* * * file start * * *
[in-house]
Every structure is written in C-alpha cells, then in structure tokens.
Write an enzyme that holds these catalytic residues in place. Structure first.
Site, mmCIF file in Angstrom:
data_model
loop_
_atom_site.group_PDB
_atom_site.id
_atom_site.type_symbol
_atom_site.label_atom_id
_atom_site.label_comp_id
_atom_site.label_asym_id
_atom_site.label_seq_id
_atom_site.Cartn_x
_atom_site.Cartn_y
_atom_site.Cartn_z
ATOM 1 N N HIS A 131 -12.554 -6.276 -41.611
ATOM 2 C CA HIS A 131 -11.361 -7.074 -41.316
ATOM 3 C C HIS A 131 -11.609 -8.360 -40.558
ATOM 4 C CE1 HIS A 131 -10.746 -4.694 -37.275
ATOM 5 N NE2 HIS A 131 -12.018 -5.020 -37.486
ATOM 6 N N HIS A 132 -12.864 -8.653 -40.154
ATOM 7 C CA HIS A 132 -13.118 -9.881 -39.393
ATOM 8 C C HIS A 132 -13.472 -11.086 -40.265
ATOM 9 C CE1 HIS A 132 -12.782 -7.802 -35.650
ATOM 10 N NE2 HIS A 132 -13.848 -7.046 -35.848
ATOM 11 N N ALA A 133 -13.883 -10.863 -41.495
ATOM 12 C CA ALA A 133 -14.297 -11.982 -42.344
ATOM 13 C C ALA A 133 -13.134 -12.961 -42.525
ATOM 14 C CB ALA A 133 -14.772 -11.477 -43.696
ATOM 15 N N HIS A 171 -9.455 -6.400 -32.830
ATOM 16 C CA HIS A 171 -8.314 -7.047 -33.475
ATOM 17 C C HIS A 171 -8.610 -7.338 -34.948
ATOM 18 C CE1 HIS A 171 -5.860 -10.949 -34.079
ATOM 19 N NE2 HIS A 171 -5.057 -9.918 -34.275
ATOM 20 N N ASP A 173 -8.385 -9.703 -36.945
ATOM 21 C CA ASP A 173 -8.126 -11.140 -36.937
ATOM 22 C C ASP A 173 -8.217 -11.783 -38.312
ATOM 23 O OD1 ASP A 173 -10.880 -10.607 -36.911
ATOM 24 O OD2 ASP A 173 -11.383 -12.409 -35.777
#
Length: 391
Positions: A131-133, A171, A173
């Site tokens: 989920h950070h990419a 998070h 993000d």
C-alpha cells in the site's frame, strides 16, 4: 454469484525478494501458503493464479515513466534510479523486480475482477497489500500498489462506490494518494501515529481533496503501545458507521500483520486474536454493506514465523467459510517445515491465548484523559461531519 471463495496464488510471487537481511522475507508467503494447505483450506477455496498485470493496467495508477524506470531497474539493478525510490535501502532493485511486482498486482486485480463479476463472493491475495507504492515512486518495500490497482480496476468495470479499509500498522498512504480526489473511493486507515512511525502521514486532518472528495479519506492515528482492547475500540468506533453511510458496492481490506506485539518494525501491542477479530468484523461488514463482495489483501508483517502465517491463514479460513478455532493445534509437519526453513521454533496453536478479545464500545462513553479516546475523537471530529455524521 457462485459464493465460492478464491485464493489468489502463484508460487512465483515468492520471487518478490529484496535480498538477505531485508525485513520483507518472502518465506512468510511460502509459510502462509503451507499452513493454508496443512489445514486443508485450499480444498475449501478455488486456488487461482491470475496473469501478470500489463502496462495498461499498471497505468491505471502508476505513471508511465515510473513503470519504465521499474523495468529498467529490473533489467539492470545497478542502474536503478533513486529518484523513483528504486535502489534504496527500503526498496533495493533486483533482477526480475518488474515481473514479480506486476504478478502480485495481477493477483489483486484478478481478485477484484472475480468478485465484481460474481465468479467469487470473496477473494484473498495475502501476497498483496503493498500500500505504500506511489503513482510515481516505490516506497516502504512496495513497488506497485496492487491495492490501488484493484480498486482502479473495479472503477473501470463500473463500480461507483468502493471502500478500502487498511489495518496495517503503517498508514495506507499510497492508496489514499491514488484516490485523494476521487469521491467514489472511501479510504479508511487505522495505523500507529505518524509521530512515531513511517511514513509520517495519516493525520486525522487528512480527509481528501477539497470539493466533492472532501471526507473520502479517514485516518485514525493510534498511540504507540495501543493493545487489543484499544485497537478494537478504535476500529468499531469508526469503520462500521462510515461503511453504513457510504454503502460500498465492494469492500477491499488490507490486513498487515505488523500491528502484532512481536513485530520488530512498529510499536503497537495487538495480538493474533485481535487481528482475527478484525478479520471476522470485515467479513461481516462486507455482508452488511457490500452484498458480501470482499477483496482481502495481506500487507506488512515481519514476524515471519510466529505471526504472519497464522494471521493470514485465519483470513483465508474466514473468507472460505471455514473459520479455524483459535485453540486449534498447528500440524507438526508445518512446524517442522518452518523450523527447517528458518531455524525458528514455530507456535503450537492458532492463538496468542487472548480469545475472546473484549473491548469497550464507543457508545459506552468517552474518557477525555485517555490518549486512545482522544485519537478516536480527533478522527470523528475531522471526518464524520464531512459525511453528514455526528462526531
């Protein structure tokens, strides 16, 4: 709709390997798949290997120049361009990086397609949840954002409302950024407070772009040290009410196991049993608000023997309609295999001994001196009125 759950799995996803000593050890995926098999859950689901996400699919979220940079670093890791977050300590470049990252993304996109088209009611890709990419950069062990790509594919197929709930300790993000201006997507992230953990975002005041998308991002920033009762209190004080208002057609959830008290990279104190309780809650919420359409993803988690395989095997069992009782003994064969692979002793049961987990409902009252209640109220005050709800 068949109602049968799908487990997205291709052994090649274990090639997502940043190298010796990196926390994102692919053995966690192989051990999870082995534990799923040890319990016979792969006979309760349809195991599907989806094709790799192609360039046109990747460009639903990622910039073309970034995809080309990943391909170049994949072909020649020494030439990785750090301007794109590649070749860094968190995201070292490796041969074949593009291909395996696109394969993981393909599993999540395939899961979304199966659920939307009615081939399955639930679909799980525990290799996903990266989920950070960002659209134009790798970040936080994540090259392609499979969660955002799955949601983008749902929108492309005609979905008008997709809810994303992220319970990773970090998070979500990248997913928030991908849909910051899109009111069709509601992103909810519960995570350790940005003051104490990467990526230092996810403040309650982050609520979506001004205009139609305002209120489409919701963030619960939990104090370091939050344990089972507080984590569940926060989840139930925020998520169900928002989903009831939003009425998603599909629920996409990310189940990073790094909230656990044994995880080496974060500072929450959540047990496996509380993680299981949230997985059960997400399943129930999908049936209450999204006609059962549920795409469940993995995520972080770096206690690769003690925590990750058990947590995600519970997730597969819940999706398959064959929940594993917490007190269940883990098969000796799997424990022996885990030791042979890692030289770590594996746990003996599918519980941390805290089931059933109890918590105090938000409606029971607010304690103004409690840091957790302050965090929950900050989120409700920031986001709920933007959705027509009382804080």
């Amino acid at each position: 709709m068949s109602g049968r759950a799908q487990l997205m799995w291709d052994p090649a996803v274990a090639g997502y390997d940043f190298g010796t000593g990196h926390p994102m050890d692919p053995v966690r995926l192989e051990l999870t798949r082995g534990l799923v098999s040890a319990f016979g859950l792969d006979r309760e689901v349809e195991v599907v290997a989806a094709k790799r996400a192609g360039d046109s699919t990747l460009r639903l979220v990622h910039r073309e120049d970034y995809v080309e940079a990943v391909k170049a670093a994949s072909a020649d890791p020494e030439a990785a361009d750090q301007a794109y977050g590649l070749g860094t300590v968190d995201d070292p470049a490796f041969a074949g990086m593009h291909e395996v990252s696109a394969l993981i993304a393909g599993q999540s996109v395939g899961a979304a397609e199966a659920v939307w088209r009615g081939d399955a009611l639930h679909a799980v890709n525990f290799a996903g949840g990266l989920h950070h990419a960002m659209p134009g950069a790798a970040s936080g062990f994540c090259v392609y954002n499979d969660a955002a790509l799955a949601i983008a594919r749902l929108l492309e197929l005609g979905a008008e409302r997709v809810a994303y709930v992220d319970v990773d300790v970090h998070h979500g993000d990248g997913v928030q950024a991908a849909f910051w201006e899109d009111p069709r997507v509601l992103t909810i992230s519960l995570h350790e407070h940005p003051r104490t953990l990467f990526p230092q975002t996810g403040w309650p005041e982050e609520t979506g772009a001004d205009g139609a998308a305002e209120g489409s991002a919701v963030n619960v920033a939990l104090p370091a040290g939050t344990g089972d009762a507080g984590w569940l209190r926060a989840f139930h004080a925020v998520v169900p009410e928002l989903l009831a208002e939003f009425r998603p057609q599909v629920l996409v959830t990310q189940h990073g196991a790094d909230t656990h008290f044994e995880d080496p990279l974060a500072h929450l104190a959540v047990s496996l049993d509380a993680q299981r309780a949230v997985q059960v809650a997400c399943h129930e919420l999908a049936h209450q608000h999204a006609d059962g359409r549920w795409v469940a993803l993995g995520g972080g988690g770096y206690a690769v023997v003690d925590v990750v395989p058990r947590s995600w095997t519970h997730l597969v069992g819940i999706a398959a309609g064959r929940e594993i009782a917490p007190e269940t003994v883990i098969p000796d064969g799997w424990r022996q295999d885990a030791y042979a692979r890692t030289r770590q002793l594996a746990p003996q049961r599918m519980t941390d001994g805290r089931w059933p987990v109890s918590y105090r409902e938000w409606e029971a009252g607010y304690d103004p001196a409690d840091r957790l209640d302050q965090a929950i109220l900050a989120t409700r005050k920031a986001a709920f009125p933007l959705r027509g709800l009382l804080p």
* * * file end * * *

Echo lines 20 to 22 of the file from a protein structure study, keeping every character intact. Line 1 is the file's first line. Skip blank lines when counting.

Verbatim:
ATOM 4 C CE1 HIS A 131 -10.746 -4.694 -37.275
ATOM 5 N NE2 HIS A 131 -12.018 -5.020 -37.486
ATOM 6 N N HIS A 132 -12.864 -8.653 -40.154